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Restoring faith in public education

How much worse do schools have to get before parents and public officials take a stand? It’s the question many are asking following the release of Washington state’s latest round of poor K-12 public school test scores.

The testing – called the Smarter Balanced Assessment – was completed last fall. The findings are heartbreaking.

The number of students failing state standards in math is now 70 percent. Across ethnic categories, the learning declines were significant.

The number of students failing state standards in English is also now 53 percent.

In a state that spends more than $16,800 per student per year, more than most private schools, how are these learning results even remotely acceptable?

The declines are sad but predictable. Politicians and executives at the state teachers union fought hard to keep schools closed for much of 2020, instead using an “online curriculum” that offered little to children across our state.

Even now – after all of the research about the safety of public schools – some unions continue to fight for the closure of classrooms because of COVID.

It is clear the biggest problem in public education is not lack of money. School funding has surged over the past 10 years, and now makes up more than half of the state’s budget. An average classroom of 20 students receives $330,000 in funding.

If it’s not money, then what ails education? Three things: lack of accountability, lack of transparency and the wrong spending priorities.

Have you heard of anyone being held accountable for K-12’s worsening results? The state superintendent of public instruction hasn’t lost his job. School boards across Washington state rarely fire a superintendent for a district’s poor educational performance. Principals are not removed, and neither are failing teachers. The unions protect their jobs at all costs.

In short, adults come first, even if children suffer.

Restoring faith in public education is also about transparency. Your local school district is supposed to work for you, not the other way around. Instead of squeezing more money out of taxpayers or shutting parents out of curriculum decisions, school leaders should be bending over backward to involve the public.

Finally, lawmakers need to demand public schools get back to academic basics.

In the last legislative session, lawmakers required K-12 teachers be trained in ‘diversity, equity and inclusion.” The title sounds harmless, but our research shows the mandate is part of controversial critical race theory. The harmful sessions did nothing to advance the educational outcomes of children. Instead, they pitted staff against each other and caused division.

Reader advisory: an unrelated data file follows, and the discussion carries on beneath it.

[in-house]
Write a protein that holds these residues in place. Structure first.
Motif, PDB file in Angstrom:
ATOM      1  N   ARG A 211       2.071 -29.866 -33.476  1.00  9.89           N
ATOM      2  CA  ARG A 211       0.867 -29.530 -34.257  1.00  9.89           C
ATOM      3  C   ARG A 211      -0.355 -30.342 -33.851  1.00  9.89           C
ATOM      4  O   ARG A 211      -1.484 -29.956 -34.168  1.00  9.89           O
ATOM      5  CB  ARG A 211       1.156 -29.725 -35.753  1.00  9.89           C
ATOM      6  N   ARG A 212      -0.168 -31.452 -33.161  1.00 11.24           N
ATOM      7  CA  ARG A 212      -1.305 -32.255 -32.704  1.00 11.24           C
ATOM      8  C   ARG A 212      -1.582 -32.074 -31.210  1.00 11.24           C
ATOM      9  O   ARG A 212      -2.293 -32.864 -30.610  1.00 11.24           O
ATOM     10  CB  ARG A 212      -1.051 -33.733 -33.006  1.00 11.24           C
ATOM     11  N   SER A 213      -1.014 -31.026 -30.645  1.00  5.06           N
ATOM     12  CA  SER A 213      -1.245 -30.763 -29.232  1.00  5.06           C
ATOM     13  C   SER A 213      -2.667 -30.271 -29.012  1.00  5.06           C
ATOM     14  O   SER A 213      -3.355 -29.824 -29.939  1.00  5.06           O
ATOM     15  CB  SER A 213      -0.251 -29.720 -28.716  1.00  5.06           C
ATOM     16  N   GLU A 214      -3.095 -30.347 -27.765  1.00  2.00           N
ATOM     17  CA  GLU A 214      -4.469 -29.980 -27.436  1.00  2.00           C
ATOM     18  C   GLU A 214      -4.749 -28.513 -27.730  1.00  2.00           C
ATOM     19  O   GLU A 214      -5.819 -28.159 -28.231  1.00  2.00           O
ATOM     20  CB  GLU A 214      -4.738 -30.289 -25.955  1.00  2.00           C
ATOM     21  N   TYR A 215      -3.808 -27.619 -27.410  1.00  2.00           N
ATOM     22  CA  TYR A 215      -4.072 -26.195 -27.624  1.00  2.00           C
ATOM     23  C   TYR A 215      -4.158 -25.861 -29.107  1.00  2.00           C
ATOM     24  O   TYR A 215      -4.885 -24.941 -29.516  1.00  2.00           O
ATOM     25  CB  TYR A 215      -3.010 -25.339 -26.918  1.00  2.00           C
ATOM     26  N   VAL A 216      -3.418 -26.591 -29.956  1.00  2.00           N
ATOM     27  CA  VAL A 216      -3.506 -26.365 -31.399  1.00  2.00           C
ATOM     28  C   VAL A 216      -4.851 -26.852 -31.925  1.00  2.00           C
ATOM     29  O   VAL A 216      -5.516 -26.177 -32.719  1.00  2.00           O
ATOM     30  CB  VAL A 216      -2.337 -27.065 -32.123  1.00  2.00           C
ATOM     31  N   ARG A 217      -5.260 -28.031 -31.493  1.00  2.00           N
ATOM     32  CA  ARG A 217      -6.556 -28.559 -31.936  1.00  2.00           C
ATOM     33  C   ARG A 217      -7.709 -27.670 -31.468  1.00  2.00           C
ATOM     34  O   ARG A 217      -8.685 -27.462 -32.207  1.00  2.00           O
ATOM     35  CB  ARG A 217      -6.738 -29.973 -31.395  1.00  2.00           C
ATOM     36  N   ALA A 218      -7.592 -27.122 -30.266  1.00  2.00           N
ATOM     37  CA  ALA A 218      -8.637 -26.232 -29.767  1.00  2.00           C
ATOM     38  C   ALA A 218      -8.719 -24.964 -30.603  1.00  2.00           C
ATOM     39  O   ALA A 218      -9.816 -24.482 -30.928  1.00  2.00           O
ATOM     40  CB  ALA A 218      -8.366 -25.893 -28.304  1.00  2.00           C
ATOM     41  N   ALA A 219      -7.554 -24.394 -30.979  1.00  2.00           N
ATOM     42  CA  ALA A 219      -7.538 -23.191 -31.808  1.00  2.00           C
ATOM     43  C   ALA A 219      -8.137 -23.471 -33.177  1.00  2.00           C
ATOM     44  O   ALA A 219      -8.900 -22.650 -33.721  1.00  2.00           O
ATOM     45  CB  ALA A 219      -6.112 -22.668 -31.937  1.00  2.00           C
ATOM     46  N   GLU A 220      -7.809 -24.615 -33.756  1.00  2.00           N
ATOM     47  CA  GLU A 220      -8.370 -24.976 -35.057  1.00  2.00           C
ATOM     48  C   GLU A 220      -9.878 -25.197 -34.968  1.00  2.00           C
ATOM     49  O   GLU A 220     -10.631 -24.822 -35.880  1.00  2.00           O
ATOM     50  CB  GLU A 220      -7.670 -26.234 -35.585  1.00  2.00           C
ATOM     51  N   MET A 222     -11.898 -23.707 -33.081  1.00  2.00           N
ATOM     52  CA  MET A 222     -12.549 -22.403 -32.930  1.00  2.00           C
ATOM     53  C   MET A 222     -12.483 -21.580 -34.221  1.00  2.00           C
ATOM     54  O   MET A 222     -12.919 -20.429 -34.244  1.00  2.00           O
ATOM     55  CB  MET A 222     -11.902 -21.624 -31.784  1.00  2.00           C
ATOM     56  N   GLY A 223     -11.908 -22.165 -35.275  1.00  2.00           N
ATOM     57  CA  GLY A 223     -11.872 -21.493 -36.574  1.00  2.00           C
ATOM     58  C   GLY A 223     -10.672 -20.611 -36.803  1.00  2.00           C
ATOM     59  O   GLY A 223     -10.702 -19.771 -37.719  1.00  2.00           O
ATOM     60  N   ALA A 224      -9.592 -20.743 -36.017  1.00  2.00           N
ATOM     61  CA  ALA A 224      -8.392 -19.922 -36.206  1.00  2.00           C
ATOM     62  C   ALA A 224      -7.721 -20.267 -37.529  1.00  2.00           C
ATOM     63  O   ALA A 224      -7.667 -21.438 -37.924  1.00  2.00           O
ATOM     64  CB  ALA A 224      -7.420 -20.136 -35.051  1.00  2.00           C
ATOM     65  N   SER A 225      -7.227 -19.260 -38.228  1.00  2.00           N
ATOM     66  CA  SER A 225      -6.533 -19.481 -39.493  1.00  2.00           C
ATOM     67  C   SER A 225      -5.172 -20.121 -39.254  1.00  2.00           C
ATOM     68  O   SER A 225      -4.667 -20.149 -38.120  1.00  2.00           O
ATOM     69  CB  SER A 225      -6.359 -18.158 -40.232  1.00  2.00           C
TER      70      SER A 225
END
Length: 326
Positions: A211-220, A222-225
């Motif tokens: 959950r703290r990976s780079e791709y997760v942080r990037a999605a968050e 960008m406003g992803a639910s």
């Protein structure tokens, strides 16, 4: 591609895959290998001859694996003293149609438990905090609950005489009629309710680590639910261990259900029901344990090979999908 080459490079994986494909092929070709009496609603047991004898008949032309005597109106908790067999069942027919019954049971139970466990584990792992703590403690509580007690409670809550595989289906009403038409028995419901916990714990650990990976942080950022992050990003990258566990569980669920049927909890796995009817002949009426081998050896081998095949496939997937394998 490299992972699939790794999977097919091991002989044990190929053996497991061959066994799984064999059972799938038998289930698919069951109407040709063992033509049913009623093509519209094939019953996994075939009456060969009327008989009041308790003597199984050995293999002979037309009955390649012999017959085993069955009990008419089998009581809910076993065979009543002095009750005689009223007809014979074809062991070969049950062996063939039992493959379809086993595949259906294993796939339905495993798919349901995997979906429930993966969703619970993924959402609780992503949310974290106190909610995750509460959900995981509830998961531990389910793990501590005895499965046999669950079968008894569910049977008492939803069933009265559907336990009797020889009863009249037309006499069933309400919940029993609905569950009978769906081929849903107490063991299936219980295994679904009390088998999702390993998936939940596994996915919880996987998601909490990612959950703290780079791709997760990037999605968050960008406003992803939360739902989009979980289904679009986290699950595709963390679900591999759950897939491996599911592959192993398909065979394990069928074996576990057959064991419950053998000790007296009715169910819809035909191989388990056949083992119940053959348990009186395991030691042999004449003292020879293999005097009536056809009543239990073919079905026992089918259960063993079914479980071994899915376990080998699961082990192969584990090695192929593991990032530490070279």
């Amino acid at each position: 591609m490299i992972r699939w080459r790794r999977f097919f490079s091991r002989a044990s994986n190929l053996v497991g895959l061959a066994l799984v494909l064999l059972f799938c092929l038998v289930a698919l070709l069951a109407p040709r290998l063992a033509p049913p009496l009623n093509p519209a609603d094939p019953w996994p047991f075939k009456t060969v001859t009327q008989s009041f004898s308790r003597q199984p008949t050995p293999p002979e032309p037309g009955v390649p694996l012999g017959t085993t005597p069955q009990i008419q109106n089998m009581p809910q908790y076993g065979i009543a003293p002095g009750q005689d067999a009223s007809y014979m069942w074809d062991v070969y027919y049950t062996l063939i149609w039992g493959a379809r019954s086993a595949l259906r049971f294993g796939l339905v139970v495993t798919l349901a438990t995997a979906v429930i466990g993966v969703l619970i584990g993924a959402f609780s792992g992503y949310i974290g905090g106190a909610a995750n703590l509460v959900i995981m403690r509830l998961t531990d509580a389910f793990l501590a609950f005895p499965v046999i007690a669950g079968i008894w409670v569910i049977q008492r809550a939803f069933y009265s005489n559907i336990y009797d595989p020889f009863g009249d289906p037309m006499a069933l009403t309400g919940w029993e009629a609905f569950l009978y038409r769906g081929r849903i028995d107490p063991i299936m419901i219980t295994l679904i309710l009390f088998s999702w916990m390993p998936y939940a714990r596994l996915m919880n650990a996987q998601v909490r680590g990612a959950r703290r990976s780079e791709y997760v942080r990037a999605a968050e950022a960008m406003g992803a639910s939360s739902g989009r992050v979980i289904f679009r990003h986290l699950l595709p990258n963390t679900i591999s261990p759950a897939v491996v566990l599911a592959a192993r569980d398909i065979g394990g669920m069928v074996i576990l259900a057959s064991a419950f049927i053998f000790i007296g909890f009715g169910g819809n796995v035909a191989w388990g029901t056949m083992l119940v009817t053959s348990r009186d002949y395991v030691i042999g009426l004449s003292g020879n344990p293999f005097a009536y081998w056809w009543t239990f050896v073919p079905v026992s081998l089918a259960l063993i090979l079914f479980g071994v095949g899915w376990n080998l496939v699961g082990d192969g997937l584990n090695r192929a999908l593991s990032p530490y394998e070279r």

How do we restore faith in public schools? State Sen. Perry Dozier, R-Walla Walla, has an idea – a parents’ bill of rights. Among its six provisions – parents should have right to review curriculum and information on who is teaching their child. Also included – requiring recording and posting of audio and video of school board meetings.

Another way to restore faith – allow more choices. Instead of families being assigned to schools by ZIP code, allow parents access to some of the money for their child’s education.

State Rep. Jim Walsh, R-Aberdeen, has introduced a bill to provide $10,000 scholarships to up to 100,000 students and their families. Scholarship funds can be used for tuition, supplies and other costs at public schools, private schools, charter schools or home-school systems.

If a local school is failing kids or refuses to open, parents can take their child and tuition elsewhere.

This idea is not partisan or even very controversial. Many states have broader learning choice programs. If parents can’t get accountability, transparency and priorities, they should be allowed access to alternatives.

If you think things can’t get worse, consider state Senate Bill 5735. It would allow “up to 20%” of instruction hours per week to be “asynchronous” based on “distance learning.” That is, more forced online classes and less in-person class time.

We have reached a point where we can either stand with parents and children, or with funding buildings, bureaucracy and a politically powerful union. For the sake of our future, let’s hope our leaders choose wisely.

– Chris Cargill is the Eastern Washington director of Washington Policy Center, an independent research organization with offices in Spokane, Seattle, Tri-Cities and Olympia. Online at washingtonpolicy.org.


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